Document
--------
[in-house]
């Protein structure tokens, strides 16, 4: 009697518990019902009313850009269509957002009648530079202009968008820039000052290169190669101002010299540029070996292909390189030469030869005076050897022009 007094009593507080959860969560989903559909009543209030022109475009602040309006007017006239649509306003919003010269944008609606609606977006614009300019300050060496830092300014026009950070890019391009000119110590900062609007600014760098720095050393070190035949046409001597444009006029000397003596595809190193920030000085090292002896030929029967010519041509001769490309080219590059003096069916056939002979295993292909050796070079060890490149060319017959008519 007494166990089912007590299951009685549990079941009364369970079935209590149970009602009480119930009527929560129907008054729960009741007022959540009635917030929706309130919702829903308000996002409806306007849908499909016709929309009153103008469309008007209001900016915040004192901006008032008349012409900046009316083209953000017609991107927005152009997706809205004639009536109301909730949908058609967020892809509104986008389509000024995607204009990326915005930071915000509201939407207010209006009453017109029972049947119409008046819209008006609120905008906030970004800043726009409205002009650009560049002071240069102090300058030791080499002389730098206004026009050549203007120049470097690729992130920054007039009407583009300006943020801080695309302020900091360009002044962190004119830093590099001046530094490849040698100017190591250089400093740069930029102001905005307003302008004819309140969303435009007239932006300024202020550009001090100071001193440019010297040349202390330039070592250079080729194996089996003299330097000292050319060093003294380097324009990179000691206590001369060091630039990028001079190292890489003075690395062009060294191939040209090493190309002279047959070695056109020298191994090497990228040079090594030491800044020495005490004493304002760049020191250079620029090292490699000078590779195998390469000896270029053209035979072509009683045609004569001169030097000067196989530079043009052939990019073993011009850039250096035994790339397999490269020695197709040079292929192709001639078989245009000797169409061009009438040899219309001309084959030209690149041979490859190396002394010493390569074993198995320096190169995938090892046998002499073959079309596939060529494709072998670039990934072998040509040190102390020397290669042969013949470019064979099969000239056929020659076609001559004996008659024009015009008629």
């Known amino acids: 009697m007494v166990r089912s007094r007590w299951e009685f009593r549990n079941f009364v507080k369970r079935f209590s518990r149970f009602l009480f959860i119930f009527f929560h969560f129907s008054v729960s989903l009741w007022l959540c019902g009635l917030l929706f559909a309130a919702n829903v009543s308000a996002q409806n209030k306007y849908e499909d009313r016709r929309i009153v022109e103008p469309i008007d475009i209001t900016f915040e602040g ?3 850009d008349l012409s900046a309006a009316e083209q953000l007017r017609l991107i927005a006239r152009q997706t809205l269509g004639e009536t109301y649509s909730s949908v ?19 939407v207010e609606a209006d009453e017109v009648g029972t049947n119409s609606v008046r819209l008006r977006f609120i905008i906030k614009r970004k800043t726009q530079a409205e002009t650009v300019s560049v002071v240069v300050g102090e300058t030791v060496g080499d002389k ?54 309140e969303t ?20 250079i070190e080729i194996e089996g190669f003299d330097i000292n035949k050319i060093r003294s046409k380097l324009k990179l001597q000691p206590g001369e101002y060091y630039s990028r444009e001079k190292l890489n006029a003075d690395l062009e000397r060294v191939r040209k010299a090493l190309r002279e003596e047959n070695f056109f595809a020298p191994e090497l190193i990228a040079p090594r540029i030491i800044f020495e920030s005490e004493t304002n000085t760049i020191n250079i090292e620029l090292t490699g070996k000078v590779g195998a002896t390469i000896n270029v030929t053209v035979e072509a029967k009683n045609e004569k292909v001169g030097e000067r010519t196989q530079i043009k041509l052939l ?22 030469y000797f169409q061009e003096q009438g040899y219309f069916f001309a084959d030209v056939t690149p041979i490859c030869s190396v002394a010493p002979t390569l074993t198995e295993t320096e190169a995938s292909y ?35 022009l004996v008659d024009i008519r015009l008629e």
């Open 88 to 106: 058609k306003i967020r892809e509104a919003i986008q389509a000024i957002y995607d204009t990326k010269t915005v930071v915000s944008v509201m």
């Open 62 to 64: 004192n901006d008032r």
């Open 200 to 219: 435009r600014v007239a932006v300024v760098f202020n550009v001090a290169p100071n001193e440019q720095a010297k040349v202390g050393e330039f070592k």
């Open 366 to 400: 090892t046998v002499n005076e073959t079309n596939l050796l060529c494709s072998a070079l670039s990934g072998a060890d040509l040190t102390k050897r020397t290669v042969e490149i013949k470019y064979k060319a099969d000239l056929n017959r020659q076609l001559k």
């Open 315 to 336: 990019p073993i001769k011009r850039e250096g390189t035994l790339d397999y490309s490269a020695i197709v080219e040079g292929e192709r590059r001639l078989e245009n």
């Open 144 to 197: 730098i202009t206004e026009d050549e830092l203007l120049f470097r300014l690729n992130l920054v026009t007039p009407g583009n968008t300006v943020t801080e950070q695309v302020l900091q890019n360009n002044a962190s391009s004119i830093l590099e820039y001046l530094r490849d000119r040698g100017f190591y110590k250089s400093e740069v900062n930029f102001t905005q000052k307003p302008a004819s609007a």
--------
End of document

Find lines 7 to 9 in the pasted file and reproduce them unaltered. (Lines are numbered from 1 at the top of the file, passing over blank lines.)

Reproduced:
């Open 366 to 400: 090892t046998v002499n005076e073959t079309n596939l050796l060529c494709s072998a070079l670039s990934g072998a060890d040509l040190t102390k050897r020397t290669v042969e490149i013949k470019y064979k060319a099969d000239l056929n017959r020659q076609l001559k």
């Open 315 to 336: 990019p073993i001769k011009r850039e250096g390189t035994l790339d397999y490309s490269a020695i197709v080219e040079g292929e192709r590059r001639l078989e245009n």
């Open 144 to 197: 730098i202009t206004e026009d050549e830092l203007l120049f470097r300014l690729n992130l920054v026009t007039p009407g583009n968008t300006v943020t801080e950070q695309v302020l900091q890019n360009n002044a962190s391009s004119i830093l590099e820039y001046l530094r490849d000119r040698g100017f190591y110590k250089s400093e740069v900062n930029f102001t905005q000052k307003p302008a004819s609007a």